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Spirits were high when we arrived back at our lodge for the night. The staff’s friendliness and attentiveness added to the enjoyment of the day, and beers were soon opened.

We had two birthday girls on the trek, and a huge cake was produced during our buffet meal (which was a western-style BBQ, with a Chinese twist!) for Ann-Marie and Ann. Candles were extinguished and wishes were made. Then it was out into the courtyard for beers, a bonfire and chat long into the night.  Read the rest of this entry »


From the Itinerary:

After breakfast we transfer to start the trekking on Gubeikou. Gubeikou has long been a town of military significance and an important passage to the capital city. The Yanshan Range winds from east to west and is cut off at Gubeikou forming a natural narrow pass here.

From ancient times, Gubeikou has served as a route of strategic importance, linking the southern and northern areas of the Yanshan Range.

Today’s trek passes through remote rural farmland, and many crumbling watch towers. We transfer back to our rustic Lodge for dinner.

large landscape photo of the great wall of china

Click for full size.

The image of the Great Wall of China snaking its way over jagged mountain peaks, softened only by autumnal trees, is iconic. This was to be world into which the fundraisers would venture for two days. A world mostly free of tourists simply for the fact that the trekking would be on unrestored, “wild” wall. Read the rest of this entry »

Arriving in Beijing, we were struck by the heat and the sunshine. A shock to our Scottish systems…

After a painless flight, an easy stroll through immigration, it was on to collect our bags before liaising with the first of our guides, the ever smiling Harry.

En route to our hotel, the grandly named “Auspicious Business Hotel”, Harry explained that we’re entering into an extended holiday period here in China. From 1st October it’s Mid-Autumn Festival where everyone takes 7 days off work. And everyone tries to either get home to see their parents. If they can’t get home, they call home. Family is very important to the Chinese.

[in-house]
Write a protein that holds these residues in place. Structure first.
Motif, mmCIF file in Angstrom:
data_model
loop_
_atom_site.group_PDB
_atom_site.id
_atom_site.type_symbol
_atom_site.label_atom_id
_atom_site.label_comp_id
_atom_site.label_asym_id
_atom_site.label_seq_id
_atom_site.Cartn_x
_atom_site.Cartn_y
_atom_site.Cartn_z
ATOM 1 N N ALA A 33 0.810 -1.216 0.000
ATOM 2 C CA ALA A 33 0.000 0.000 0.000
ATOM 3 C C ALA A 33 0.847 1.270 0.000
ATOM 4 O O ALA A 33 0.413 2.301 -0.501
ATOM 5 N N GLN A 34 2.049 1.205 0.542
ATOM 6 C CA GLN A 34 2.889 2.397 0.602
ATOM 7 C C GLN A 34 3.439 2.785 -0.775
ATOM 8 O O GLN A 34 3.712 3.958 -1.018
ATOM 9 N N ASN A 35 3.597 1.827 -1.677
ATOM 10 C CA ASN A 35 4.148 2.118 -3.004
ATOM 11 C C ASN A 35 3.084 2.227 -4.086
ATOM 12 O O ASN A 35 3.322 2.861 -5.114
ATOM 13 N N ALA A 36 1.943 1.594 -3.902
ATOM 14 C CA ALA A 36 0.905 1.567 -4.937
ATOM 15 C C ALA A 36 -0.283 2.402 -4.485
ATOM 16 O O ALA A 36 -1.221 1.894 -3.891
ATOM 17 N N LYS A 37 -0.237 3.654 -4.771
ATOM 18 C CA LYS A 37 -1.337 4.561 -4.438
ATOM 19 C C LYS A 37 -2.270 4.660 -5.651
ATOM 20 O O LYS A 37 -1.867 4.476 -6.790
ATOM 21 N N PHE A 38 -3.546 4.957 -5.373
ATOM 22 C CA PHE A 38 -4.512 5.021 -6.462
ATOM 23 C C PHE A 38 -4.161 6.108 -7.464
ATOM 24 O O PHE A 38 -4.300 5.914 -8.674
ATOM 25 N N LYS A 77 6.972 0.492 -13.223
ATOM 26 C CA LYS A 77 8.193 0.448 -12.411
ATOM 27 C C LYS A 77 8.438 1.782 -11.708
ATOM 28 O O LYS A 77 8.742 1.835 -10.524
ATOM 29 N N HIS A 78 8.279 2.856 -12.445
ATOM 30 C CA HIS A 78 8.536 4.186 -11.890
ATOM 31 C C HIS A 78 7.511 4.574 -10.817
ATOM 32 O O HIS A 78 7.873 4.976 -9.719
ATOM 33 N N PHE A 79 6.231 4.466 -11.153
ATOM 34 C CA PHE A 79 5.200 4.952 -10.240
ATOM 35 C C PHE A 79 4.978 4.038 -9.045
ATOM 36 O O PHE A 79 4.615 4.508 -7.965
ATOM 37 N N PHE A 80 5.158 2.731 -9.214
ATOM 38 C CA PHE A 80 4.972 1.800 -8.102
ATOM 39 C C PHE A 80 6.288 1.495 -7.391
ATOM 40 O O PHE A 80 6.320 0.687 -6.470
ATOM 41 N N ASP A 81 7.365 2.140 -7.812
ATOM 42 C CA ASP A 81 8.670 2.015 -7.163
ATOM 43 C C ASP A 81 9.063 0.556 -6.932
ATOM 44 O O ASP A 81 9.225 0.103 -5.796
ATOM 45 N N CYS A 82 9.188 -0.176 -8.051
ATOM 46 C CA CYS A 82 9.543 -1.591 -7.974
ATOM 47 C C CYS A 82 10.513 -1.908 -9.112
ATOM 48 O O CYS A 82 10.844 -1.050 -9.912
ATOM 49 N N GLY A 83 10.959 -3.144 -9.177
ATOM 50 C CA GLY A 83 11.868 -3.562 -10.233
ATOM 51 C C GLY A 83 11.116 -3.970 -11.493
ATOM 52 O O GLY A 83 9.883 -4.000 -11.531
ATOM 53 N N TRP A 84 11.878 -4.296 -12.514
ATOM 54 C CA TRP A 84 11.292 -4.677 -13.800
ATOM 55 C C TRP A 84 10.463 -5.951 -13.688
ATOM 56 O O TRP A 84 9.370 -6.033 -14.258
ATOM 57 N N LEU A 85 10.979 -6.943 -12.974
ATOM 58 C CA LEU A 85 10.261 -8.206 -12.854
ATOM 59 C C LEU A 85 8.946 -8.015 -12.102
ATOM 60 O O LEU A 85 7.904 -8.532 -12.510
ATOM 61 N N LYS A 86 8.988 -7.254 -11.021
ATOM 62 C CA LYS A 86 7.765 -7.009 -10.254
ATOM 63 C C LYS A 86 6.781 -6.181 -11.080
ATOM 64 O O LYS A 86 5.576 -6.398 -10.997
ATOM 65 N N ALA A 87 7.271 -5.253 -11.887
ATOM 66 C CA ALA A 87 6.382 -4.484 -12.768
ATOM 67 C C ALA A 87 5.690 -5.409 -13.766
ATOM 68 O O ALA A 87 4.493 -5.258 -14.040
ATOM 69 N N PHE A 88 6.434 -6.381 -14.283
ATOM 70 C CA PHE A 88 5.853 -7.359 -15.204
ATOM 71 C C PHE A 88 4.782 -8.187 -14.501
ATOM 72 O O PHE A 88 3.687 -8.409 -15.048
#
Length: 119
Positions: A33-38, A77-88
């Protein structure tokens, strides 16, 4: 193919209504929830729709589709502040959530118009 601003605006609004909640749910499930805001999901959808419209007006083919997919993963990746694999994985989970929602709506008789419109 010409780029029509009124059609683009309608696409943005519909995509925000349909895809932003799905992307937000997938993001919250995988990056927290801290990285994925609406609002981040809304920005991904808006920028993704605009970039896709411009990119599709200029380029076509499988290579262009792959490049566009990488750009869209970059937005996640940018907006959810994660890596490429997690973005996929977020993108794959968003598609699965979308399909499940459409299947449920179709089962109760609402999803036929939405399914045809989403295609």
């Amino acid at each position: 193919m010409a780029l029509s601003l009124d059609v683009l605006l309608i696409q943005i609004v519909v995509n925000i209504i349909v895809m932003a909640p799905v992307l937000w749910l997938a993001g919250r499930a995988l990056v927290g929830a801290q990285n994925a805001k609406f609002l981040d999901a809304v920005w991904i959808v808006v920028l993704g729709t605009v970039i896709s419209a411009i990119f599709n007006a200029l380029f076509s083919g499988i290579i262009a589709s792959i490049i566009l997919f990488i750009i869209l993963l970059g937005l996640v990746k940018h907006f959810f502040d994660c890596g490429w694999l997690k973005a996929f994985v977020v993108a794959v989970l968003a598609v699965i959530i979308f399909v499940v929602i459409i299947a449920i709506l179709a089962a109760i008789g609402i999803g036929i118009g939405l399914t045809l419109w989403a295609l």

And for most of us, that was on the agenda too, a fact witnessed later that afternoon, evidenced by the clusters of pasty Scots huddled in groups in the hotel foyer, calling home.

Harry related a Chinese joke.

How do you get an elephant into an ice box?

Three steps.

1. Open the icebox
2. Put the elephant in
3. Close the icebox

He said this reflects the Chinese mentality of getting the job done, not focusing on the problems.

And when you think of the engineering feet that is the Great Wall of china, it’s hard to argue with this sensibility.

For most of us, as we wound our way through the busy streets north of Beijing, it’s a mind set we’ll be adopting as our own as we face the physical, mental and emotional challenges of trekking the Great Wall as fund raisers for St Andrew’s Hospice.




Great Wall of China Trek – Day 1 – Flying Out

This morning it was alarms set at crazy o’clock for everyone involved in #standrewstrek. The plan was to convene at Edinburgh Airport at 8am to meet the Action Challenge reps who’ll be leading on this fundraising trip to China.

Along with the early morning alarm comes that mild pang of anxiety in the gut; have I packed enough t-shirts and pairs of socks? Where’s my passport?

Married to that is the reality that we’ll be away from family, friends, loved ones for 10 days, counter-acted by the flutter of excitement that big trips like this bring. And then off out into the dark, chilly, autumnal morning we go.

So, the team has all checked in, we’ve got boarding passes in trembling hands, rumours of sore backs and dodgy knees are already been offered, now it’s just a matter of running the clock down until we hit The Wall.

It’s not too late to be involved in #standrewstrek, you can make a donation to support the Hospice using Just Giving. Simply click this link.

Tweet your messages of encouragement on twitter to the fund raisers using hash tag #standrewstrek and follow the updates @standrewhospice.

The #standrewstrek fundraisers arrive at the Airport ahead of their departure to Beijing.

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We asked some of the fundraisers taking part in the Great Wall of China Trek for St Andrew’s Hospice (#standrewstrek) for tips and advice on how they’ve raised funds.

the group prepare for trekking the great wall of china for st andrew's hospice

In preparation for tough physical endeavours it is, of course, highly recommended that you try and prepare your body in advance.

For trekking the Great Wall of China for St Andrew’s Hospice that means pulling on the boots and getting out in the fresh air and walking. And walking. And walking. Plus a little cycling, and maybe a bit of swimming.

But on top of that, preparing yourself for spending 10 days in the company of strangers in a strange land also has to be considered! Read the rest of this entry »